– T-SQL Scalar UDF inlining
  – Approximate QP (Approximate COUNT DISTINCT)
  – Memory grant feedback, row mode

5. In-memory improvements for analytics on operational data using HTAP. Higher concurrency and scale through persistent memory (PMEM). [more info]
– Hybrid buffer pool
– Memory-optimized TempDB
– In-Memory OLTP support for Database Snapshots

6. Greater uptime with more online indexing operations. [more info]

7. Data Discovery & Classification labeling for GDPR and Vulnerability Assessment tool to track compliance.

8. Support for your choice of Windows, Linux, and containers. SQL Server on Linux for Docker Engine [link].

9. High Availability with, five synchronous replica pairs, Secondary to primary replica connection redirection, Run Always On availability groups on containers using Kubernetes. [more info]

10. Accelerated Database Recovery [more info]

11. SQL Graph enhancements, support of MATCH predicates in a MERGE statement, SHORTEST_PATH inside MATCH, and support for derived tables or view aliases in graph match query.
 

Check all the above and many more new features of SQL Server 2019 in MSDN Blogs.


2018 blogging in review (Happy New Year – 2019 !!!)

December 31, 2018 1 comment

 

Happy New Year 2019… from SQL with Manoj !!!

As WordPress.com stats helper monkeys have stopped preparing annual report for any of their blogs, so I’ve prepared my own Annual Report for this year again.
 

–> Here are some Crunchy numbers from 2018

SQL with Manoj 2018 Stats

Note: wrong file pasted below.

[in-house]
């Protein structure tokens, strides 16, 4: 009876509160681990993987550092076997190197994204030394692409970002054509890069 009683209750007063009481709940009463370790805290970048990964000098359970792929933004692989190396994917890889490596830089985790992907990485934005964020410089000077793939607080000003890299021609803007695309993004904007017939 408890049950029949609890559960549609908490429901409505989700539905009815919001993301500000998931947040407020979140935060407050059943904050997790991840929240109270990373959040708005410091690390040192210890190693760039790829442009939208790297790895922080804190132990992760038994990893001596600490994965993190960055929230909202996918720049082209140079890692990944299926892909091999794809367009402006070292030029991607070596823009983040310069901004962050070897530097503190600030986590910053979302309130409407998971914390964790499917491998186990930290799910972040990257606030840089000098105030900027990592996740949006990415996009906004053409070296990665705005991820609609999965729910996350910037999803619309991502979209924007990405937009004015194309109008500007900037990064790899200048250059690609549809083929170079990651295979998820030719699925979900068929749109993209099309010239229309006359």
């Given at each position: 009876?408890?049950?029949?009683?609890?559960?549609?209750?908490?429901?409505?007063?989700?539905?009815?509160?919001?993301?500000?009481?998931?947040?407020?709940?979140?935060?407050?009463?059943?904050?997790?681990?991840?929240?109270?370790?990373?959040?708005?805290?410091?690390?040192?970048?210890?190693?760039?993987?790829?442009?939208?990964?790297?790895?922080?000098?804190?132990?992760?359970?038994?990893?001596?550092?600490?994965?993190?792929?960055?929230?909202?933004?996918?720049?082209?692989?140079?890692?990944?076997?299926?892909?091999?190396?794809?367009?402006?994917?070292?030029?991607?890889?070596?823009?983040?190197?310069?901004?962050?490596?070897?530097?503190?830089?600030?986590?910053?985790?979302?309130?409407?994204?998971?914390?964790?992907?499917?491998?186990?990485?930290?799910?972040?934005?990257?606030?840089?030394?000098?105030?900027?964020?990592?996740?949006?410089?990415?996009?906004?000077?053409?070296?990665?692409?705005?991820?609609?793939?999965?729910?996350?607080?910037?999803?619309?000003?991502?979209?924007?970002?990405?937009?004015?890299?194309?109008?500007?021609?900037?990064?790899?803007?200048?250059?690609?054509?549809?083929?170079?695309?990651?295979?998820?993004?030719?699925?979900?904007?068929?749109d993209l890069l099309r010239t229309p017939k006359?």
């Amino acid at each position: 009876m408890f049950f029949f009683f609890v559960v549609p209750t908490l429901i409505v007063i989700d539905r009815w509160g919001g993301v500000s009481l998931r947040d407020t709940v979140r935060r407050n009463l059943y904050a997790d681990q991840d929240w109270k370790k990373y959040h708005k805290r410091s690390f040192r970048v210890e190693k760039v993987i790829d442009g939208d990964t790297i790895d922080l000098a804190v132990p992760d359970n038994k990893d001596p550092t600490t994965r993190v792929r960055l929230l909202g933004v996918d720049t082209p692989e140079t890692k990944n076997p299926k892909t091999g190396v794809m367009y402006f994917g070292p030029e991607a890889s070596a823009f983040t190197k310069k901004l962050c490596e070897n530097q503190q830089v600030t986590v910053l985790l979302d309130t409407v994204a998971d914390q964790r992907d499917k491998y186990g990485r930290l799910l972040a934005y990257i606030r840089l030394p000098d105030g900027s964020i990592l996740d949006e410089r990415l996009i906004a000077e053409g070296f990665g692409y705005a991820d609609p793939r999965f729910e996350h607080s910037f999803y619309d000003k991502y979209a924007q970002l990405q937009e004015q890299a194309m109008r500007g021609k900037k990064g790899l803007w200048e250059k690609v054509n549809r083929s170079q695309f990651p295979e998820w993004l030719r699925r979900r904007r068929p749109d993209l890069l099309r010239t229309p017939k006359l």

The Louvre Museum has 8.5 million visitors per year. This blog was viewed about 793,171 times by 542,918 unique visitors in 2018. If it were an exhibit at the Louvre Museum, it would take about 17 days for that many people to see it.

There were 68 pictures uploaded, taking up a total of ~6 MB. That’s about ~6 pictures every month.

This blog also got its highest ever hits/views per day (i.e. 3,552 hits) on Sept 25th this year.

 

–> All-time posts, views, and visitors

SQL with Manoj all time views


 

–> Posting Patterns

In 2018, there were 26 new posts, growing the total archive of this blog to 546 posts.

LONGEST STREAK: 6 post in Feb 2018

 

–> Attractions in 2018

These are the top 5 posts that got most views in 2018:

1. Download & Install SQL Server Management Studio (SSMS) 2016 (62,101 views)

2. SQL Server 2016 RTM full & final version available – Download now (31,705 views)

3. Getting started with SQL Server 2014 | Download and Install Free & Full version (20,443 views)

4. SQL Basics – Difference b/w WHERE, GROUP BY and HAVING clause (16,113 views)

5. SQL Basics – Difference b/w TRUNCATE, DELETE and DROP? (13,189 views)

 

–> How did they find me?

The top referring sites and search engines in 2018 were:

SQL with Manoj 2018 Search Engines referrers


 

–> Where did they come from?

Out of 210 countries, top 5 visitors came from India, United States, United Kingdom, Canada and Australia:

SQL with Manoj 2018 top Countries visitors


 

–> Followers: 407

WordPress.com: 160
Email: 247
Facebook Page: 1,358

 

–> Alexa Rank (lower the better)

Global Rank: 221,534
US Rank: 139,012
India Rank: 46,758
Estimated Monthly Revenue: $1,320
Actual Monthly Revenue: $300

SQL with Manoj 2018 Alexa ranking


Alexa history shows how the alexa rank of sqlwithmanoj.com has varied in the past, which in turn also tells about the site visitors.
 

–> 2019 New Year Resolution

– Write at least 1 blog post every week
– Write on new feaures in SQL Server 2017 & 2019
– Also explore and write blog post on Azure Data Platform
– Post at least 1 video every week on my YouTube channel

 

That’s all for 2018, see you in year 2019, all the best !!!